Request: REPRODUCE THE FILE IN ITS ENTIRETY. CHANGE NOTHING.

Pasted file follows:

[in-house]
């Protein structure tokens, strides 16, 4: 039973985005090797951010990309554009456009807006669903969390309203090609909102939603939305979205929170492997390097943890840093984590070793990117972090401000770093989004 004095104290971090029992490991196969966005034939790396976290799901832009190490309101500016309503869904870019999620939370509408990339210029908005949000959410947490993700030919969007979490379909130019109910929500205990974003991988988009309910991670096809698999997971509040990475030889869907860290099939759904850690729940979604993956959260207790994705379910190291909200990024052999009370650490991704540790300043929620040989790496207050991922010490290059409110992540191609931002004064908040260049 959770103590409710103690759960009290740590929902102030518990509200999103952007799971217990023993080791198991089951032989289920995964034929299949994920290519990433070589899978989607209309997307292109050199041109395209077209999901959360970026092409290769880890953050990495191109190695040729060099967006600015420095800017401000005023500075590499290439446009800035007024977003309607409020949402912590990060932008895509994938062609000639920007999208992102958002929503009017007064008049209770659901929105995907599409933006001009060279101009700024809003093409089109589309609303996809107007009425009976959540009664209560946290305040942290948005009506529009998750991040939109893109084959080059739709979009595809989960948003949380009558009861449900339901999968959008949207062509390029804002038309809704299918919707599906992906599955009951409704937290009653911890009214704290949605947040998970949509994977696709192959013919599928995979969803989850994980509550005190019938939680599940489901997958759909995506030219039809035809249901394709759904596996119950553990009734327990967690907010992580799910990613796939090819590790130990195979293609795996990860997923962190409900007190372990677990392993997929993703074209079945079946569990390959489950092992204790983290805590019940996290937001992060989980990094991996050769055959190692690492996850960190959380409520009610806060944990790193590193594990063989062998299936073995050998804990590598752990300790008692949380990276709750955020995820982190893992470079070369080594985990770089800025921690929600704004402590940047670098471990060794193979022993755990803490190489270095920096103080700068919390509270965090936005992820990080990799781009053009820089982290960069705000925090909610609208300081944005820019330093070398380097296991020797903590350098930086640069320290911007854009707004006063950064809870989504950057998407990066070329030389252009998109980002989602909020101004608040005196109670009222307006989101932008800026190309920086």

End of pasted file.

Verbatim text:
[in-house]
């Protein structure tokens, strides 16, 4: 039973985005090797951010990309554009456009807006669903969390309203090609909102939603939305979205929170492997390097943890840093984590070793990117972090401000770093989004 004095104290971090029992490991196969966005034939790396976290799901832009190490309101500016309503869904870019999620939370509408990339210029908005949000959410947490993700030919969007979490379909130019109910929500205990974003991988988009309910991670096809698999997971509040990475030889869907860290099939759904850690729940979604993956959260207790994705379910190291909200990024052999009370650490991704540790300043929620040989790496207050991922010490290059409110992540191609931002004064908040260049 959770103590409710103690759960009290740590929902102030518990509200999103952007799971217990023993080791198991089951032989289920995964034929299949994920290519990433070589899978989607209309997307292109050199041109395209077209999901959360970026092409290769880890953050990495191109190695040729060099967006600015420095800017401000005023500075590499290439446009800035007024977003309607409020949402912590990060932008895509994938062609000639920007999208992102958002929503009017007064008049209770659901929105995907599409933006001009060279101009700024809003093409089109589309609303996809107007009425009976959540009664209560946290305040942290948005009506529009998750991040939109893109084959080059739709979009595809989960948003949380009558009861449900339901999968959008949207062509390029804002038309809704299918919707599906992906599955009951409704937290009653911890009214704290949605947040998970949509994977696709192959013919599928995979969803989850994980509550005190019938939680599940489901997958759909995506030219039809035809249901394709759904596996119950553990009734327990967690907010992580799910990613796939090819590790130990195979293609795996990860997923962190409900007190372990677990392993997929993703074209079945079946569990390959489950092992204790983290805590019940996290937001992060989980990094991996050769055959190692690492996850960190959380409520009610806060944990790193590193594990063989062998299936073995050998804990590598752990300790008692949380990276709750955020995820982190893992470079070369080594985990770089800025921690929600704004402590940047670098471990060794193979022993755990803490190489270095920096103080700068919390509270965090936005992820990080990799781009053009820089982290960069705000925090909610609208300081944005820019330093070398380097296991020797903590350098930086640069320290911007854009707004006063950064809870989504950057998407990066070329030389252009998109980002989602909020101004608040005196109670009222307006989101932008800026190309920086």